Mourning a Miscarriage
I knew the bright red blood shouldn't be there. The day before, I'd discovered for certain I was six weeks pregnant. Now, as I stared at the widening stain of blood that soaked my pajamas, my stomach tightened and my neck burned.
No, God! I want to be a mother!
In a matter of seconds, I sprang from the bathroom, woke my husband, James, and dialed my physician. The diagnosis: spontaneous miscarriage.
"Is there anything we can do?" I squeaked.
"Unfortunately, no," my ob/gyn replied. "I'm sorry."
The date was March 9, 2003. I'd awoken, pregnant, at 6 A.M. I'd thanked God for answering my prayers, wondered whether the baby was a boy or a girl, and dreamed about what my child would look like at his or her birth in October.
When I hung up the phone, the clock read 7:30 A.M.
And my baby was dead.
When God Says "No"
My body recovered almost immediately. However, my spirit writhed during the months that followed. I'd always pictured God as the religious equivalent of a fairy godfather, a granter of wishes who gives us the important things for which we pray. For six hopeful months, I'd begged him to let us have a baby. Now I brooded over the fact he'd responded with a "no." It was more than God taking his time with our baby's conception; our baby actually had died. How much more obvious could a "no" be?
While I never thought God caused my miscarriage, I despaired over realizing the same God who said, "Seek and you will find; knock and the door will be opened to you" (Matthew 7:7) had allowed it to happen. I wondered if perhaps I'd prayed wrongly when I asked him for a baby, or if I hadn't prayed enough. Did God even care that I'd prayed? With the world so full of trouble, perhaps my prayers were too insignificant for God's attention.
Or maybe, I thought as tears flowed day after day, God didn't want me to have a baby at all.
I found little solace in the world around me. Though relatively common, miscarriage is a topic whispered around obstetricians' offices and rarely discussed in a society that regards the unborn—especially at the earliest stages of pregnancy—as disposable nonentities. Many people undermined my feelings with platitudes such as "You can always get pregnant again" or "These things just happen." But I believe life begins at conception; my unborn child was a person with a soul. The loss of that unique person left an enormous void in my life, leaving me physically and emotionally empty, lonelier than I'd ever been before. All I could do about it was cry.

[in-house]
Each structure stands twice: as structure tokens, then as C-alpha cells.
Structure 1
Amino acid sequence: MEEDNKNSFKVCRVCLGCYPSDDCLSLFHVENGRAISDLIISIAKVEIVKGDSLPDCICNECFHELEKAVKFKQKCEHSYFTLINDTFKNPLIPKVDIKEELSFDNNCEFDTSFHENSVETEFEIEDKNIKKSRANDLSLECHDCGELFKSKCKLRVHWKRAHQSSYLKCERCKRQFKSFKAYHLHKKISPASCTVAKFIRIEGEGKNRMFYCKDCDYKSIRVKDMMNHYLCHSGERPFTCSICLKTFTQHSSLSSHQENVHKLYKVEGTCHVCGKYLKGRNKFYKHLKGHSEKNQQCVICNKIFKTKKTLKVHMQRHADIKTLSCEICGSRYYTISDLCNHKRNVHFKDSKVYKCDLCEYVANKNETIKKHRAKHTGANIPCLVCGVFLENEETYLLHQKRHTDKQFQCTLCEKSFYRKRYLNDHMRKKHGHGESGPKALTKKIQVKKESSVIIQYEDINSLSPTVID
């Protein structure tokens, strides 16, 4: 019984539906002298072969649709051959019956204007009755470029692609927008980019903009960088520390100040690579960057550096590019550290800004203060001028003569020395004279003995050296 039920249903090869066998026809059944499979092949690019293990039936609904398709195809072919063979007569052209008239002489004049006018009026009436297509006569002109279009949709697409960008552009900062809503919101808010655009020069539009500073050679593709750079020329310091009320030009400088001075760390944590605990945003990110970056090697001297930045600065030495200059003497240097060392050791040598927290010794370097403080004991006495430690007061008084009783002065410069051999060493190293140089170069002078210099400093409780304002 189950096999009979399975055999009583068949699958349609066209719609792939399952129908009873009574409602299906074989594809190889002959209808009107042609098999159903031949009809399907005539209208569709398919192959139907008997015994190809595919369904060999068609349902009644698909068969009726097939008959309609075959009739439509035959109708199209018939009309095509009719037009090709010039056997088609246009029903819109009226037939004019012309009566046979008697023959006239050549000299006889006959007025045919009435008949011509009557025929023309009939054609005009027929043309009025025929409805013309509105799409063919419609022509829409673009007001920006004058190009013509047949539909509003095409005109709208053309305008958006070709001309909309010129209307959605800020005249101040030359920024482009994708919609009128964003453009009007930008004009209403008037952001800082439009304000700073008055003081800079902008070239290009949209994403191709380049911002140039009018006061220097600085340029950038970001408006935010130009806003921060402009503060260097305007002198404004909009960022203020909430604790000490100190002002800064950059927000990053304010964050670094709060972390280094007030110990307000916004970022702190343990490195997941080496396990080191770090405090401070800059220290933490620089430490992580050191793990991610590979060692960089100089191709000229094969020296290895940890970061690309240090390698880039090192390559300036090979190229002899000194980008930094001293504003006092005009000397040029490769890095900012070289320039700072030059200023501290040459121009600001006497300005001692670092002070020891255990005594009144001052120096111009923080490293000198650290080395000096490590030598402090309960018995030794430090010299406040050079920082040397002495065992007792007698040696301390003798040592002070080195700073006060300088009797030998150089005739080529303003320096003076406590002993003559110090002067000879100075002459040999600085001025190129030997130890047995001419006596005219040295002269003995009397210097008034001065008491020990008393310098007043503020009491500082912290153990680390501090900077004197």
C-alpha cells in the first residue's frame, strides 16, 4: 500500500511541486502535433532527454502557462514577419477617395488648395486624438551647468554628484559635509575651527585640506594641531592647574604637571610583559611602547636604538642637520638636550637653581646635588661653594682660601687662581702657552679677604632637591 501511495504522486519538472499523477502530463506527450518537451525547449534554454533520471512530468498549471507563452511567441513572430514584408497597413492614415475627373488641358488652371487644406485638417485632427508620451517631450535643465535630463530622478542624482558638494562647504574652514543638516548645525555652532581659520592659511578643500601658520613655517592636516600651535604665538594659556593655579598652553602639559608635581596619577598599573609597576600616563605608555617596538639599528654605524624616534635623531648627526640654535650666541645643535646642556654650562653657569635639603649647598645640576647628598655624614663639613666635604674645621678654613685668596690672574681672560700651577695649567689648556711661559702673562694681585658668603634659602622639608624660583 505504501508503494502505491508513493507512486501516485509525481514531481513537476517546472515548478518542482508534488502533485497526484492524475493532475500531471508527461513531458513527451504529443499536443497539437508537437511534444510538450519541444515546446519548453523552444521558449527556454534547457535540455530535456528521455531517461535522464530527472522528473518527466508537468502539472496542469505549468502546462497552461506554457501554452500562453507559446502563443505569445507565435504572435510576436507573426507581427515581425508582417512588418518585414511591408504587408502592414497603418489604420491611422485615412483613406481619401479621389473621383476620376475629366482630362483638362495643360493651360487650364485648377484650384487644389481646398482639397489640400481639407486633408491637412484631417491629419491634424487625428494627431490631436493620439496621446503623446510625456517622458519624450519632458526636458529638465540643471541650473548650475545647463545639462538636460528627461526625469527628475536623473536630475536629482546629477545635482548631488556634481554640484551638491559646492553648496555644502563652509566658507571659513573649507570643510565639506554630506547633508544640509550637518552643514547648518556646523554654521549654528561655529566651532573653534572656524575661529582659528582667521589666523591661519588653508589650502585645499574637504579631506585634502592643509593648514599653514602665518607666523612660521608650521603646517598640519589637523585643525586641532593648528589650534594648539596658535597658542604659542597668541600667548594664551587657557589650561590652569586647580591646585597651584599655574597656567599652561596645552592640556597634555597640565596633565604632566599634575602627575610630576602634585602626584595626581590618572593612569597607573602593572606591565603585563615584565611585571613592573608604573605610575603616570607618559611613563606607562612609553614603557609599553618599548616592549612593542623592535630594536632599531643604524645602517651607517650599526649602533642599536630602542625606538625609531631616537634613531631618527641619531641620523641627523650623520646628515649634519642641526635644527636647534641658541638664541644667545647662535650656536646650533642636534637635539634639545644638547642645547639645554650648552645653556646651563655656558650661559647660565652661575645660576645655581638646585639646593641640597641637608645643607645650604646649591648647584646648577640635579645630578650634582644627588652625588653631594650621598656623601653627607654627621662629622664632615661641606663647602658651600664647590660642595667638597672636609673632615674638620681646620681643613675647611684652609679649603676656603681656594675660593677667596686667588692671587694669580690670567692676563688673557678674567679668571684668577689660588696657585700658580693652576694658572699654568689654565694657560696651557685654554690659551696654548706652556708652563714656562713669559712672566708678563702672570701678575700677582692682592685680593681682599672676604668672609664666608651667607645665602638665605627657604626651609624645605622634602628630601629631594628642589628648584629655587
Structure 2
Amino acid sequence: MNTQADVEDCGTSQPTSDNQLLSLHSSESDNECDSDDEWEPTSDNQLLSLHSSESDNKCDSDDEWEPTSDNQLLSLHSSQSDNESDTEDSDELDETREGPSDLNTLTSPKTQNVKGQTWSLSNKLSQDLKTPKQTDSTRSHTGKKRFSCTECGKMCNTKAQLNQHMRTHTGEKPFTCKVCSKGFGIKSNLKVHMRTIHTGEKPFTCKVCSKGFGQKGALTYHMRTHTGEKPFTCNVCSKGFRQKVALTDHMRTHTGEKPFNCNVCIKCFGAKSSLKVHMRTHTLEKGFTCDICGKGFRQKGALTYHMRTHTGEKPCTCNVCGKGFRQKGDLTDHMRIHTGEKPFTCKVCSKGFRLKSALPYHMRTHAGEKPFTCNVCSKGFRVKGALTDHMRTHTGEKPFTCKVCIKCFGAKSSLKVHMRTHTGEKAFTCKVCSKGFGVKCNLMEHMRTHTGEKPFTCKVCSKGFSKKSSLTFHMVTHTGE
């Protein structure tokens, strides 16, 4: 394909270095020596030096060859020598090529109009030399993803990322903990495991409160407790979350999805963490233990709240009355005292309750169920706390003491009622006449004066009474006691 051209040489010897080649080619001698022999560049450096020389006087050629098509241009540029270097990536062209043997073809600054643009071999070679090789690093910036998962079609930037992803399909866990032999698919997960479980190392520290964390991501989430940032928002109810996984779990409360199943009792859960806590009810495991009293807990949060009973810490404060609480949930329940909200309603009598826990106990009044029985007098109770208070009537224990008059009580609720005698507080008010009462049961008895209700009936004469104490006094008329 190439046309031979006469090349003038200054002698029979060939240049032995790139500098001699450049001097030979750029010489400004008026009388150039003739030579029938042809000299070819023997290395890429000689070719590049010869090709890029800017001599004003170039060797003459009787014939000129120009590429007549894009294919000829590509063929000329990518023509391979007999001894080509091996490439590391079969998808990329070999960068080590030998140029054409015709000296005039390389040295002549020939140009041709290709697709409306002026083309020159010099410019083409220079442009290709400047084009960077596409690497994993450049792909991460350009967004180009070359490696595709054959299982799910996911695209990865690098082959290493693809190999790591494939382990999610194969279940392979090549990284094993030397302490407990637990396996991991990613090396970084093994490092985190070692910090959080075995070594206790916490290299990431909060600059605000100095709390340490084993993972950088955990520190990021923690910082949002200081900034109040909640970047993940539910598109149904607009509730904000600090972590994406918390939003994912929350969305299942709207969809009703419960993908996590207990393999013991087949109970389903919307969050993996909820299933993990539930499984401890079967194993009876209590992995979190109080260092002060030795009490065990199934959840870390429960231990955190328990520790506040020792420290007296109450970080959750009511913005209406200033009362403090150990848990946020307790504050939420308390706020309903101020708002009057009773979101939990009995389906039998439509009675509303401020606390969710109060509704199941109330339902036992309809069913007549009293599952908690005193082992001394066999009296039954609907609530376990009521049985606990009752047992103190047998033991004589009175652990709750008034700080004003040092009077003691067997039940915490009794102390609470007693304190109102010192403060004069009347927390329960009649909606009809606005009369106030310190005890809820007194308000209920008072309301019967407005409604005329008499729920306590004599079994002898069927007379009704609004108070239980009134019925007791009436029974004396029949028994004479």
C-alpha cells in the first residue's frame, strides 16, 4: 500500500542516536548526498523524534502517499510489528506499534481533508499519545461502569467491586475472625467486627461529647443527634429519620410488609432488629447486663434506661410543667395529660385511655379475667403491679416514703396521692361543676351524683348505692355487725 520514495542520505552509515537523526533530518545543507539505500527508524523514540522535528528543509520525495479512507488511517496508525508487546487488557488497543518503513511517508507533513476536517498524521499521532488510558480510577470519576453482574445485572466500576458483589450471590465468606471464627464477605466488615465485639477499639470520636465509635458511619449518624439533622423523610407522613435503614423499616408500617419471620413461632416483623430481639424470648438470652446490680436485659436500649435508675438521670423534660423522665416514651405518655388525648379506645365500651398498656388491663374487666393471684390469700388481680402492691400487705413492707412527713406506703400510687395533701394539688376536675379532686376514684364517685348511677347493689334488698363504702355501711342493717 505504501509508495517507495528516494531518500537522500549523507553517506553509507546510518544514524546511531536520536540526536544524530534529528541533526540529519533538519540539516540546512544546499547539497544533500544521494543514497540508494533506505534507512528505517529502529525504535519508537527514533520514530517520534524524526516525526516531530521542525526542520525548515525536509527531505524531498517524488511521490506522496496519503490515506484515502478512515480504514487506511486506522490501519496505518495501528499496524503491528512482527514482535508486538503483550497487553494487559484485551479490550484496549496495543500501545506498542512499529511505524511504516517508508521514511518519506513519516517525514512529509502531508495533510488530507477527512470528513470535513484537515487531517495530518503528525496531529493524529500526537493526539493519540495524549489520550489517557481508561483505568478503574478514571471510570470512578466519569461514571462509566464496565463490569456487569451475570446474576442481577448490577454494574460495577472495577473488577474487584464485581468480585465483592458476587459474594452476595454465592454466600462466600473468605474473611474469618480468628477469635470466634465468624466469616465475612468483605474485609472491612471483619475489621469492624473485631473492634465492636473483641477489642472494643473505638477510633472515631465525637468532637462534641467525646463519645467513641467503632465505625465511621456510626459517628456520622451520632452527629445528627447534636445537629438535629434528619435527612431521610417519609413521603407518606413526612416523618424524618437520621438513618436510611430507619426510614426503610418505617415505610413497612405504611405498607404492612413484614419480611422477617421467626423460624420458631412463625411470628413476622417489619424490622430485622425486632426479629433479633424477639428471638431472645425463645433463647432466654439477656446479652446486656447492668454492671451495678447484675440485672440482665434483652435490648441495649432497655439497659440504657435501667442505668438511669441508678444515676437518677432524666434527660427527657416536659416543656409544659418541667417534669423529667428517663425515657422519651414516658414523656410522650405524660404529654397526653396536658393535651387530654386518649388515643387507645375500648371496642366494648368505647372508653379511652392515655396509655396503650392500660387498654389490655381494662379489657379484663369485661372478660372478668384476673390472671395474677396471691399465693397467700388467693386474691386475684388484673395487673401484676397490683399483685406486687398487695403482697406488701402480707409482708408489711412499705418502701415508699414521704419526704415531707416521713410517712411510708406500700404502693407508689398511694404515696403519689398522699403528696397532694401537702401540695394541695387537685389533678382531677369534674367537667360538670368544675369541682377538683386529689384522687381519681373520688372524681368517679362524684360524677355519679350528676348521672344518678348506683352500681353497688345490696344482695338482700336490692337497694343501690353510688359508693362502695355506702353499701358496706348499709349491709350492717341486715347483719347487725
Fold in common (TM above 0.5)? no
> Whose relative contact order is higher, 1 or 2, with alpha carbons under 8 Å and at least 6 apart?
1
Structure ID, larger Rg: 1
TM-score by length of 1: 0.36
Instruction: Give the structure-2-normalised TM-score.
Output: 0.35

Since childhood I'd been taught to turn to God at such times, but I figured I already knew his opinion on the matter. I couldn't ask him for help—after all, I knew he wouldn't return my baby to me. What I wanted from him now was an answer: I wanted to know why he'd allowed my baby to die. The question plagued me. I read book after book about miscarriage. I half expected a clue to turn up every time I answered the phone or checked the mail, but none ever did.
Glimpses of Grace
By summer, an invitation to a friend's baby shower and the knowledge that I would have been halfway through my pregnancy accentuated my loss. One day at work, I noticed a thank-you note posted beside a colleague's desk. The card included Isaiah 55:8, "'For my thoughts are not your thoughts, neither are your ways my ways,' declares the Lord."